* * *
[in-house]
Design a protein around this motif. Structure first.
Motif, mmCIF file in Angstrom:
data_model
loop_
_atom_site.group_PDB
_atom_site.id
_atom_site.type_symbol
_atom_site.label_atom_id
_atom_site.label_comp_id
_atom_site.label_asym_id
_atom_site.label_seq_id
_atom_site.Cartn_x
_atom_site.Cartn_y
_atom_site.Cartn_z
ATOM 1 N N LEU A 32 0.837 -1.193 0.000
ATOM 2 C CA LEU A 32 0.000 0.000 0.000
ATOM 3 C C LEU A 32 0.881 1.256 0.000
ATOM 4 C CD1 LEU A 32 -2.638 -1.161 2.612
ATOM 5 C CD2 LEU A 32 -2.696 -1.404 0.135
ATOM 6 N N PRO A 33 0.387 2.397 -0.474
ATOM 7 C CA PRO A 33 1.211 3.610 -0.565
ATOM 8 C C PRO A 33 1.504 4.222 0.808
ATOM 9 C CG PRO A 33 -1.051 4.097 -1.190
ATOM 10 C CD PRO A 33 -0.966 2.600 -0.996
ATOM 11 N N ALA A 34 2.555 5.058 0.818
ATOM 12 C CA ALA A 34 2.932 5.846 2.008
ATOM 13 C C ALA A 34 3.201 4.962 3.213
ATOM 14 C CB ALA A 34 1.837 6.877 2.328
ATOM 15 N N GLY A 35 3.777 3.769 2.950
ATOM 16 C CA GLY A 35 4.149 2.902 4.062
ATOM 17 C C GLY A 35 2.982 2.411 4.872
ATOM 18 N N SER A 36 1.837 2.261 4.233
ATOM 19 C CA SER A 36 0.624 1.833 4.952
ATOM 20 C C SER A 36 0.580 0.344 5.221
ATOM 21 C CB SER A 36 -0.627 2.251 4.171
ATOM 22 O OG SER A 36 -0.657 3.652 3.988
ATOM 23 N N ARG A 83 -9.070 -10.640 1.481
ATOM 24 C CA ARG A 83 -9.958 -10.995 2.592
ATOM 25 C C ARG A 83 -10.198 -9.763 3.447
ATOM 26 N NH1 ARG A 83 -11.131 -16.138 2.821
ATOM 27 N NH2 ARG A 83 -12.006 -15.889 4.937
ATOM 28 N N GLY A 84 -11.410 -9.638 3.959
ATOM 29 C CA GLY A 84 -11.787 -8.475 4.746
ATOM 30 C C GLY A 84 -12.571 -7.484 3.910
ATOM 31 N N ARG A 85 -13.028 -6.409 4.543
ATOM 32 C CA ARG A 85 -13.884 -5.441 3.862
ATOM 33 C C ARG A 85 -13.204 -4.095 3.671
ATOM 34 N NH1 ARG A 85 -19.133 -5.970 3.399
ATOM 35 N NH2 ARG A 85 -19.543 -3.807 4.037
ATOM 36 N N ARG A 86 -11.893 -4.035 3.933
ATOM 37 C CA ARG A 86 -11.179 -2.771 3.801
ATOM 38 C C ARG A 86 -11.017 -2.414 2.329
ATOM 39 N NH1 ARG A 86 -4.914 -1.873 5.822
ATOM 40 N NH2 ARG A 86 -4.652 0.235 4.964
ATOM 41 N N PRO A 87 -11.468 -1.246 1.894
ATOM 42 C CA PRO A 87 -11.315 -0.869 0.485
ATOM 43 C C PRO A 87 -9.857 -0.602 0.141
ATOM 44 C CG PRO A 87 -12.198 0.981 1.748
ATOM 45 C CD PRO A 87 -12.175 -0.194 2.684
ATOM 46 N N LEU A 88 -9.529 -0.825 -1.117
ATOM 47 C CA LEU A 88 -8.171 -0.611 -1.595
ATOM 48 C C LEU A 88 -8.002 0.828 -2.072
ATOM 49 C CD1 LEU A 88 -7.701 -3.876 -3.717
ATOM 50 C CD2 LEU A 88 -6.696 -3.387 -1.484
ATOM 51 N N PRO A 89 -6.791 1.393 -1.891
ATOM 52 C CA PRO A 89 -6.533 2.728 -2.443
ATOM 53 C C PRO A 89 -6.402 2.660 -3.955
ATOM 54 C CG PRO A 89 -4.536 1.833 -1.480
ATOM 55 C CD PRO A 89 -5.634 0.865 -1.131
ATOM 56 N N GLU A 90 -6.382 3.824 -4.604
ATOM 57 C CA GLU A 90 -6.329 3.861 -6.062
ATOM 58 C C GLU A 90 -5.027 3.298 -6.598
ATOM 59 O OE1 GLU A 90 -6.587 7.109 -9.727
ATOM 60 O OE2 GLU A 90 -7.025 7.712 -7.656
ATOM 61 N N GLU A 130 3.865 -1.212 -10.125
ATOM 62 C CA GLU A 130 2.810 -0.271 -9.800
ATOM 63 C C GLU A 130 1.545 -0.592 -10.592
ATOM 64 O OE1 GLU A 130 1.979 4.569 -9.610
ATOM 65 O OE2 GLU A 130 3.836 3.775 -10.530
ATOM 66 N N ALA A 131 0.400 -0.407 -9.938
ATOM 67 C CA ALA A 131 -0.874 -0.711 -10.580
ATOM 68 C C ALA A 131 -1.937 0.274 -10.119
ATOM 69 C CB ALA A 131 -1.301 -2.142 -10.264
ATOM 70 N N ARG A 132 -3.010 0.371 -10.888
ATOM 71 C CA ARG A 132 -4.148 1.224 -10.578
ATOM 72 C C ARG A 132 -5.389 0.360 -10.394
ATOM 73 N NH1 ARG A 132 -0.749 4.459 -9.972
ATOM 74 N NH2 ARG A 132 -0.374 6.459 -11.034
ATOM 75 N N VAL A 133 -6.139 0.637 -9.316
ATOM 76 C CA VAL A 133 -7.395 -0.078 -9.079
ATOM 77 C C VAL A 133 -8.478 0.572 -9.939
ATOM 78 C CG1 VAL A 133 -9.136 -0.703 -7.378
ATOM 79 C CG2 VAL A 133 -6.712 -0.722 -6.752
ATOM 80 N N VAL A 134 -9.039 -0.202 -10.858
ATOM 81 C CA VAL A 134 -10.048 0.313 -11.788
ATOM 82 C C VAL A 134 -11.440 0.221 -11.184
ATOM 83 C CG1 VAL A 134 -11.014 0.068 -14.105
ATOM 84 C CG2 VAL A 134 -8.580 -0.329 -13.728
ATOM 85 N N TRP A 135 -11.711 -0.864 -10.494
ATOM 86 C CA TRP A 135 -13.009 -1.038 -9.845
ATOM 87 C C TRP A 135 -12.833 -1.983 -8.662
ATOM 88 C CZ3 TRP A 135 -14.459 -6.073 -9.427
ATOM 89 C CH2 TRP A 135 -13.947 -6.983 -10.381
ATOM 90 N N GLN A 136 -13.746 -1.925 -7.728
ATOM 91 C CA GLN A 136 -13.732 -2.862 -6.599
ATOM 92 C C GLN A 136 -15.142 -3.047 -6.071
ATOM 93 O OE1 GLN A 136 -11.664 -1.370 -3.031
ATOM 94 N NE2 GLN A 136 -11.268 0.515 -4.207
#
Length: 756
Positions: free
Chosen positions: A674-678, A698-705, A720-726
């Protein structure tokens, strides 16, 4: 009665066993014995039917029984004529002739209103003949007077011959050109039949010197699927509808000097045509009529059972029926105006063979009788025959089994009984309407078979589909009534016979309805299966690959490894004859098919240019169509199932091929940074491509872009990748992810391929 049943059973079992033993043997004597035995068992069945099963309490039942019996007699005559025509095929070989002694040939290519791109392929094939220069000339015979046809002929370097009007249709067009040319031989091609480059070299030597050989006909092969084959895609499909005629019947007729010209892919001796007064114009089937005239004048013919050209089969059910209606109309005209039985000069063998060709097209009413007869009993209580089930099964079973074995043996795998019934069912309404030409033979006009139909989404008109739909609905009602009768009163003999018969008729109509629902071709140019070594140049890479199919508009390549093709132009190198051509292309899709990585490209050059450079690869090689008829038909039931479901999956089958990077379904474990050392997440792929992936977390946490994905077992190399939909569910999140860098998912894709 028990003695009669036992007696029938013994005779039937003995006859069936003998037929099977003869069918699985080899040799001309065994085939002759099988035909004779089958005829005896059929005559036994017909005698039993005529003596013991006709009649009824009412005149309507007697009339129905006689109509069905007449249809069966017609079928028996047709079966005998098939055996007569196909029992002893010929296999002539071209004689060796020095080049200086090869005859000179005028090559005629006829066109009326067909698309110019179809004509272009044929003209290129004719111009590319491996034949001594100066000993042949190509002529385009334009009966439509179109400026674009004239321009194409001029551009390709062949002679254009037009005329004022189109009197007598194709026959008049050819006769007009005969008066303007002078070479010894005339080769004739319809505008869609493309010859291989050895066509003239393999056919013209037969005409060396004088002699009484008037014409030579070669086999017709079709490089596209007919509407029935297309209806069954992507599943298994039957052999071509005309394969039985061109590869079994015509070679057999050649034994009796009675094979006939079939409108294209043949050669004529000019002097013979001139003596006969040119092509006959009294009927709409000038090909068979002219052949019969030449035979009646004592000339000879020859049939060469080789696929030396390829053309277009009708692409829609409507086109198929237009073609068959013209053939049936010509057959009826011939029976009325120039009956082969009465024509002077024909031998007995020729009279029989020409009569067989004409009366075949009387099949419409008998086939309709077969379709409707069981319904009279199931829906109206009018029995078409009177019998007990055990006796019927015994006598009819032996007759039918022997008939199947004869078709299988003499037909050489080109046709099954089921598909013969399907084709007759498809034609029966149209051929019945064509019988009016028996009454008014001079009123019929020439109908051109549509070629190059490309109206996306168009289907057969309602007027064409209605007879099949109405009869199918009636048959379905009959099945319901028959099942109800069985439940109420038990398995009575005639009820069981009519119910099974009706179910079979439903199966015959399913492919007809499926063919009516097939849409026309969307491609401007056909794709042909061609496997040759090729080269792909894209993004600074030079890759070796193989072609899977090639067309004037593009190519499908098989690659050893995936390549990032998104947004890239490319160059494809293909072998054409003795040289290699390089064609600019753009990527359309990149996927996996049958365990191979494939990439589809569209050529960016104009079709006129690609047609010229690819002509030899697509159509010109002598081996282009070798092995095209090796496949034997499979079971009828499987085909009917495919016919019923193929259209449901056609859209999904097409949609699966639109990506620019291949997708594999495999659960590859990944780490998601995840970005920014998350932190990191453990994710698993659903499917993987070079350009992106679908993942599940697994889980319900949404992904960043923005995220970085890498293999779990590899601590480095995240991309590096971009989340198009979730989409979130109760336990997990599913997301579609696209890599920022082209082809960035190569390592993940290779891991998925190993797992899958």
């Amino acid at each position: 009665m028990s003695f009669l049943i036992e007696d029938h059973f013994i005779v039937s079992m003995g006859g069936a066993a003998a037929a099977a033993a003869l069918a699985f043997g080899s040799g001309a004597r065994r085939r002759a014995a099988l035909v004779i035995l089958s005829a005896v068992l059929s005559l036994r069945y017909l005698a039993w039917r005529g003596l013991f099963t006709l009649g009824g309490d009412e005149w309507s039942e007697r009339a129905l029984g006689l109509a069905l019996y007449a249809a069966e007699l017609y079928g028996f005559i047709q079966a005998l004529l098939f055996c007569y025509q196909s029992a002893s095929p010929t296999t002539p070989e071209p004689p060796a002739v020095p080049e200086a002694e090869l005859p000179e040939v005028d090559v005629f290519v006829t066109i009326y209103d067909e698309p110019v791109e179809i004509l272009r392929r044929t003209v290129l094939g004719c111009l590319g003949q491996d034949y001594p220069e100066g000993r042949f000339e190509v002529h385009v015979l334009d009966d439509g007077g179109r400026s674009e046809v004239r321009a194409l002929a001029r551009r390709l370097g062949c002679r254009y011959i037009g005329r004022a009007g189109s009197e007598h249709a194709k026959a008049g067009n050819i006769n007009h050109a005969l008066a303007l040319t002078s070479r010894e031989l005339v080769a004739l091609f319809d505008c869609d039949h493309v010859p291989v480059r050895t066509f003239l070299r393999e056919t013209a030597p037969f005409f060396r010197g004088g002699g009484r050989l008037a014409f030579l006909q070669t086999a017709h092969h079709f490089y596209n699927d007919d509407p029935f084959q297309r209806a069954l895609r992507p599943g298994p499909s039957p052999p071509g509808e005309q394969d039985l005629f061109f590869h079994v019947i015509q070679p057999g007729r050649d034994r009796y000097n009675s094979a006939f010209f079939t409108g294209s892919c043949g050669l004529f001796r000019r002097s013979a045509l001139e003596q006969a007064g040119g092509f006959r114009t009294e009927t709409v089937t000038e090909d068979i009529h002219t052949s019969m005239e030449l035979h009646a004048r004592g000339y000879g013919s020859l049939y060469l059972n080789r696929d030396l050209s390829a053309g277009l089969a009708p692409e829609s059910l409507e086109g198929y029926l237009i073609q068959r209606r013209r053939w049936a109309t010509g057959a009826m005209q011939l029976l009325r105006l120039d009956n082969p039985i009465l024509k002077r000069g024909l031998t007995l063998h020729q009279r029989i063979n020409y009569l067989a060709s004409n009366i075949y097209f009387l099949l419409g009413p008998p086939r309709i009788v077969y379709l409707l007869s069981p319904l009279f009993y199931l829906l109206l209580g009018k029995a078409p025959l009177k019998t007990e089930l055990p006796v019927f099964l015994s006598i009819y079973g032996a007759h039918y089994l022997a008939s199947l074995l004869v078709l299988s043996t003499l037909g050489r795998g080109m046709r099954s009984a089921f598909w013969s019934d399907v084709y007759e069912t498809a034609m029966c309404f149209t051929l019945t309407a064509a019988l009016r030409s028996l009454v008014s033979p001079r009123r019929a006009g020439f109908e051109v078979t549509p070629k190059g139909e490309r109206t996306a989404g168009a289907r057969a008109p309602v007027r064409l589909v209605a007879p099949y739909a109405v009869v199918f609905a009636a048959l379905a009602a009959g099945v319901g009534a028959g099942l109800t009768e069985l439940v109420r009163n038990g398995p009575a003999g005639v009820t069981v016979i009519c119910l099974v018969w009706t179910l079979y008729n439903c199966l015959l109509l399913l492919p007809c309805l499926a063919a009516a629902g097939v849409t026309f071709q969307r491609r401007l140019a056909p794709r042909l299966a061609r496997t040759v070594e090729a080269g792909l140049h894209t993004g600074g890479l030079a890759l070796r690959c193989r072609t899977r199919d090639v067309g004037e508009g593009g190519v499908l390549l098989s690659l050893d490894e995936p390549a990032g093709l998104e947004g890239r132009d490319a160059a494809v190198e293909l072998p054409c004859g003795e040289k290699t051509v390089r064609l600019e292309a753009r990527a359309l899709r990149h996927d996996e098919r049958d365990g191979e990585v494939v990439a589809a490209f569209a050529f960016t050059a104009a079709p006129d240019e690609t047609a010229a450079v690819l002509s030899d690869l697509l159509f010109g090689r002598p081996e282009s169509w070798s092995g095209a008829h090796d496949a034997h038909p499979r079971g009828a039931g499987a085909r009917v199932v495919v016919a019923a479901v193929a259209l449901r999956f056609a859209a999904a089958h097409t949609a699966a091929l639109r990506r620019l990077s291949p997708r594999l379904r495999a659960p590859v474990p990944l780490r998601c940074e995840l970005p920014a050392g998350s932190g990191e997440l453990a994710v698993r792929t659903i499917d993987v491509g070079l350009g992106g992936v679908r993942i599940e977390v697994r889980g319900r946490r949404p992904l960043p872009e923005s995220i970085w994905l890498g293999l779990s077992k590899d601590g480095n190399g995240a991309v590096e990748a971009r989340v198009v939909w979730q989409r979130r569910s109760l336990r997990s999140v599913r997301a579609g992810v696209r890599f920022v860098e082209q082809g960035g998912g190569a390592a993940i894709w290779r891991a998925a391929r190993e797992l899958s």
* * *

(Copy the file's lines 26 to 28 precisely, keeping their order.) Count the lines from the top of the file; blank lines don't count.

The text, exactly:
ATOM 11 N N ALA A 34 2.555 5.058 0.818
ATOM 12 C CA ALA A 34 2.932 5.846 2.008
ATOM 13 C C ALA A 34 3.201 4.962 3.213